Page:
In her testimony, Ford identified two others who were allegedly present at the party, P.J. Smyth and Leland Ingham Keyser. Both of them also have issued statements indicating that they no recollection of the party.

Davis, the former FBI agent, said all of those identified as being present at the party would almost certainly be interviewed, as well the people who Ford told of the incident.

Prior to Thursday's hearing, Ford's attorneys provided the Senate committee with sworn declarations from four people, including Ford's husband, who said that Ford had shared details of the incident and Kavanaugh's alleged involvement with them.

Ford's husband, Russell Ford, said he first learned of his wife's experience with sexual assault "around the time we got married." However, he said Ford did not share details of the incident until a couple's therapy session in 2012.

"I remember her saying that her attacker's name was Brett Kavanaugh, that he was a successful lawyer who had grown up in Christine's hometown, and that he was well known in the Washington, D.C., community," Russell Ford said.

It was unclear whether the scope of an FBI inquiry would allow for the review of other allegations leveled by former Yale classmate, Deborah Ramirez, who claimed that Kavanaugh exposed himself at a drunken party during the 1983-84 academic year.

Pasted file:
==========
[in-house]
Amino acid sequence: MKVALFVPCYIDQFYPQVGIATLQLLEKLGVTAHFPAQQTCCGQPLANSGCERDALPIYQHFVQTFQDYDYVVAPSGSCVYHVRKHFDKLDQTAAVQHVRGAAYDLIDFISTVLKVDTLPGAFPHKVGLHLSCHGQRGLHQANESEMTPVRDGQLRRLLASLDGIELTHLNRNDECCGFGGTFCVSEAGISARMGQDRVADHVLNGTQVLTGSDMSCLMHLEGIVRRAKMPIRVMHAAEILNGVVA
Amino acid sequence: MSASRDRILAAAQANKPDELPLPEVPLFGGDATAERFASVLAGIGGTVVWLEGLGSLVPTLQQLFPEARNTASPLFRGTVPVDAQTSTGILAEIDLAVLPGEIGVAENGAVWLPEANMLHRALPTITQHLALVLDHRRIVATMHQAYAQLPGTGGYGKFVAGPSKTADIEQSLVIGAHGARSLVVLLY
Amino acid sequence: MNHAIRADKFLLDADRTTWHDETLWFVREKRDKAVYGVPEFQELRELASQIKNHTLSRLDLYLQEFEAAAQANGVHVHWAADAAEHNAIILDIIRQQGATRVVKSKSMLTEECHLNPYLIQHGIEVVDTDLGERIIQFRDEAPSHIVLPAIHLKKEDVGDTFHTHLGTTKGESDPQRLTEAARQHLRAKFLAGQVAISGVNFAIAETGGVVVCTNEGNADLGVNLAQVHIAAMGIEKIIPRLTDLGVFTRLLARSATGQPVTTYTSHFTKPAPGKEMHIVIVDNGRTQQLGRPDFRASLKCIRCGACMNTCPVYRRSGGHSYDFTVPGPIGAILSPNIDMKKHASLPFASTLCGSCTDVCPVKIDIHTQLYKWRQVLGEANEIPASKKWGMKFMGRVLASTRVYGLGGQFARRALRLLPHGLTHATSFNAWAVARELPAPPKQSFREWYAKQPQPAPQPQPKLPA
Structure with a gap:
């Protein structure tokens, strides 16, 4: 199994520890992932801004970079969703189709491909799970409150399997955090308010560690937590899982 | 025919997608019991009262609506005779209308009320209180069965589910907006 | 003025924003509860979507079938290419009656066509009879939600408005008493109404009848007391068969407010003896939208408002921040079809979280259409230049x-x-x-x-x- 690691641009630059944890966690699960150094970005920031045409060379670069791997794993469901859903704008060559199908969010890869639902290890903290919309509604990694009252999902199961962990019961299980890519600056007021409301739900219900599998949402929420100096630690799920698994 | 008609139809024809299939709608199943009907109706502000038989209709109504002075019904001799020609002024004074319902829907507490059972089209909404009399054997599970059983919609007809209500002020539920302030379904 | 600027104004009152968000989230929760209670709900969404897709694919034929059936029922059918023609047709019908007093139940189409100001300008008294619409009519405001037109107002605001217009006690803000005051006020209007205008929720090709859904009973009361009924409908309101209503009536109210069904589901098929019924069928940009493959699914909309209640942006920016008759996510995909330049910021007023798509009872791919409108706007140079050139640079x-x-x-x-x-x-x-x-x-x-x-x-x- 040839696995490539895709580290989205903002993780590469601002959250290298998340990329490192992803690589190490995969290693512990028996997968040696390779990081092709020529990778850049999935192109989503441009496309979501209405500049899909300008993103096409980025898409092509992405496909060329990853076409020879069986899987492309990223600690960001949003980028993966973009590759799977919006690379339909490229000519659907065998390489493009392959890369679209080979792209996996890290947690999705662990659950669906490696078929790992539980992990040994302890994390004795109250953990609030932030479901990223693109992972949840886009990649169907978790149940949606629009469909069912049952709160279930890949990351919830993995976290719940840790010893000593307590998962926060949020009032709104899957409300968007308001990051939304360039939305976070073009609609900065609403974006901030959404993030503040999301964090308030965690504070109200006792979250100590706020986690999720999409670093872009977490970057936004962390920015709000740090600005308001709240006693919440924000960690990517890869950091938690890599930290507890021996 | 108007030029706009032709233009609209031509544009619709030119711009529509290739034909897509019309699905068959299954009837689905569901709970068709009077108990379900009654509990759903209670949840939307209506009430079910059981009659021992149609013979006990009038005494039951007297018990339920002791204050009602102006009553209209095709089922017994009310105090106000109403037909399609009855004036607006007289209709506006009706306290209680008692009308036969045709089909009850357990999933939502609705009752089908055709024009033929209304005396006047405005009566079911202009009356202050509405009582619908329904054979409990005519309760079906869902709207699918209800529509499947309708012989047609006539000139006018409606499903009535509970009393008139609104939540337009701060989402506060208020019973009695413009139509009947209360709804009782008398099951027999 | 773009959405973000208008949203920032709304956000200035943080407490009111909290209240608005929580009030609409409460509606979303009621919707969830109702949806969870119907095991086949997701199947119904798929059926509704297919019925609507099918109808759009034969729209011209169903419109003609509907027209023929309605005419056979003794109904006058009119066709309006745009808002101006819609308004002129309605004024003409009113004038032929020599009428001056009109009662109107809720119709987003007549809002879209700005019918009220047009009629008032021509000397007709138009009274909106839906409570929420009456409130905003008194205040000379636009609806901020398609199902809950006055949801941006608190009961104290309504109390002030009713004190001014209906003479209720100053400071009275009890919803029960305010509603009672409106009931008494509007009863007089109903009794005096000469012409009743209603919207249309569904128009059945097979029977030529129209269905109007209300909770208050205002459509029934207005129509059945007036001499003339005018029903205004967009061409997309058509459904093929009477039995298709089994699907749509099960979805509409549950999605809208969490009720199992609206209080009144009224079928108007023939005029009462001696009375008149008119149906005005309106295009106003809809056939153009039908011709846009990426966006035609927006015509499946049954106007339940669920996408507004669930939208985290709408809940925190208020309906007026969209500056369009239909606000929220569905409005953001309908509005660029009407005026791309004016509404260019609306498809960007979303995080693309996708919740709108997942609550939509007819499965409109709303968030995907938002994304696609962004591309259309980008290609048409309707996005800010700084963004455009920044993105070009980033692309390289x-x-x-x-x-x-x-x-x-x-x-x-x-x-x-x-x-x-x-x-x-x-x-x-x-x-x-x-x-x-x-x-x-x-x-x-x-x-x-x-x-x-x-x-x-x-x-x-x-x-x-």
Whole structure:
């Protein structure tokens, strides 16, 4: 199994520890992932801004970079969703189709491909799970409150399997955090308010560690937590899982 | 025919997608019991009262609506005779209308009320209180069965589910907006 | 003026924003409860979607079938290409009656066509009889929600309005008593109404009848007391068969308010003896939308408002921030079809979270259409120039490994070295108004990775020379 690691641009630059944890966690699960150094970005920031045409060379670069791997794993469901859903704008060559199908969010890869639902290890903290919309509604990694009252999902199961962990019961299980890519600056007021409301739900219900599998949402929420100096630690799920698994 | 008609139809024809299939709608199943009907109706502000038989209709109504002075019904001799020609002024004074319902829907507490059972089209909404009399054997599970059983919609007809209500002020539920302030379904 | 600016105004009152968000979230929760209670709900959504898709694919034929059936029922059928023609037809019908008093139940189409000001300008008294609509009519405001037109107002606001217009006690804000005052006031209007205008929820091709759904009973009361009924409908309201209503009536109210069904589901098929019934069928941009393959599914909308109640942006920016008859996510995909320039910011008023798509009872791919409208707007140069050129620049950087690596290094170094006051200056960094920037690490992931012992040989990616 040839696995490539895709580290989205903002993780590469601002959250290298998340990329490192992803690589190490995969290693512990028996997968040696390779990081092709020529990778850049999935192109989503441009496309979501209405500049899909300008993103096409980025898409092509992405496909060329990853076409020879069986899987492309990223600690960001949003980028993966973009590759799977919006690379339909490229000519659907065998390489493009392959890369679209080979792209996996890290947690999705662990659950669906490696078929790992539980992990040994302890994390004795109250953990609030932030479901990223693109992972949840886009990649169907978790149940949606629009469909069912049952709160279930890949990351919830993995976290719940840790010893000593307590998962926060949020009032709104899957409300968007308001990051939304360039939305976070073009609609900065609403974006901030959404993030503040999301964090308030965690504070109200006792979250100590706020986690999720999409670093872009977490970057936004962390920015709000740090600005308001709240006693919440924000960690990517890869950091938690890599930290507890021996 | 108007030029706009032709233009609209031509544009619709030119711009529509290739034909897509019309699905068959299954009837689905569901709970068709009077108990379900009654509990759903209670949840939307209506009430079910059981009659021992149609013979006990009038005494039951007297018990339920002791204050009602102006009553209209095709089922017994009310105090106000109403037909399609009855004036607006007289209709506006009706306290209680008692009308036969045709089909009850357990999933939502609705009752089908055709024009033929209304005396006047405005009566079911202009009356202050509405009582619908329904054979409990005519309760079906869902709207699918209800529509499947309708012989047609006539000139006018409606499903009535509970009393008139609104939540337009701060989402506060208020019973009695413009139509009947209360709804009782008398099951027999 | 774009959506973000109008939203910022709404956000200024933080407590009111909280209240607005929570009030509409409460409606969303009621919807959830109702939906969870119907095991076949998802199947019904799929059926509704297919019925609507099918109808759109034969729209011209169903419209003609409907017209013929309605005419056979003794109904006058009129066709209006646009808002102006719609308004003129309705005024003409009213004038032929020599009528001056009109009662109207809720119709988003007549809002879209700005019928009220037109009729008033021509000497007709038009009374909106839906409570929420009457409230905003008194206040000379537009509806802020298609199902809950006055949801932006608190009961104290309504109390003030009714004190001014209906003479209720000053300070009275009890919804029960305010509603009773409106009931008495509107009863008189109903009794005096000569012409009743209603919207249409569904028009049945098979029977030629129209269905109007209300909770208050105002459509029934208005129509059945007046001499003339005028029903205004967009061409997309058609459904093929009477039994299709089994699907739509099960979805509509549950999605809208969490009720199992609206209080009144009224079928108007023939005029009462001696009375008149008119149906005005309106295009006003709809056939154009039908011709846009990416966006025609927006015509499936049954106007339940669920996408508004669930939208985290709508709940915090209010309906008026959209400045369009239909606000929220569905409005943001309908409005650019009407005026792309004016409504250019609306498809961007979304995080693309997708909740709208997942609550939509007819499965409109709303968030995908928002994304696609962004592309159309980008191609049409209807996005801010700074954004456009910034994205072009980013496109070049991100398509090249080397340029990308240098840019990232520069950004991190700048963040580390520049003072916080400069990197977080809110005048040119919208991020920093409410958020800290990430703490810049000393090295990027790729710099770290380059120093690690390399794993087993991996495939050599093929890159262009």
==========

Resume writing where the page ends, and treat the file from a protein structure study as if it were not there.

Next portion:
Another woman, Julie Swetnick, has alleged that in the 1980s she witnessed Kavanaugh and Judge attempt to ply teenage girls with alcohol at wild parties where girls were sexually abused.

She did not say Kavanaugh or Judge sexually assaulted her.

Kavanaugh has denied all of the allegations.

In his statement Friday, Judge said he did not recall attending the parties.

"The allegations in the Swetnick affidavit are so bizarre that, even while suffering from my addiction, I would remember actions so outlandish. I categorically deny them," he said.

Kavanaugh has said that Judge struggled with alcohol addiction.

"The FBI is going to put together a list, and you can bet that all of the people whose names have been floated out there are going to be on it," said Ray Mey, a former FBI agent who conducted dozens of background checks during his tenure at the bureau.

"The FBI has more than enough resources to do this in a week," he said. "What I worry about, is that nobody comes out of this looking good, including the FBI."

If the FBI discovers derogatory information, Mey said the FBI risks invoking the wrath of the president who has accused of the bureau of attempting to sabotage his administration as part of its inquiry into Russia's interference in the 2016 election.

"If they don't find anything, the other side will say it's a cover-up," Mey said. "Either way, the bureau doesn't gain anything."

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Politics - U.S. Daily News: Brett Kavanaugh: A week offers plenty of time for FBI to investigate allegations, former officials say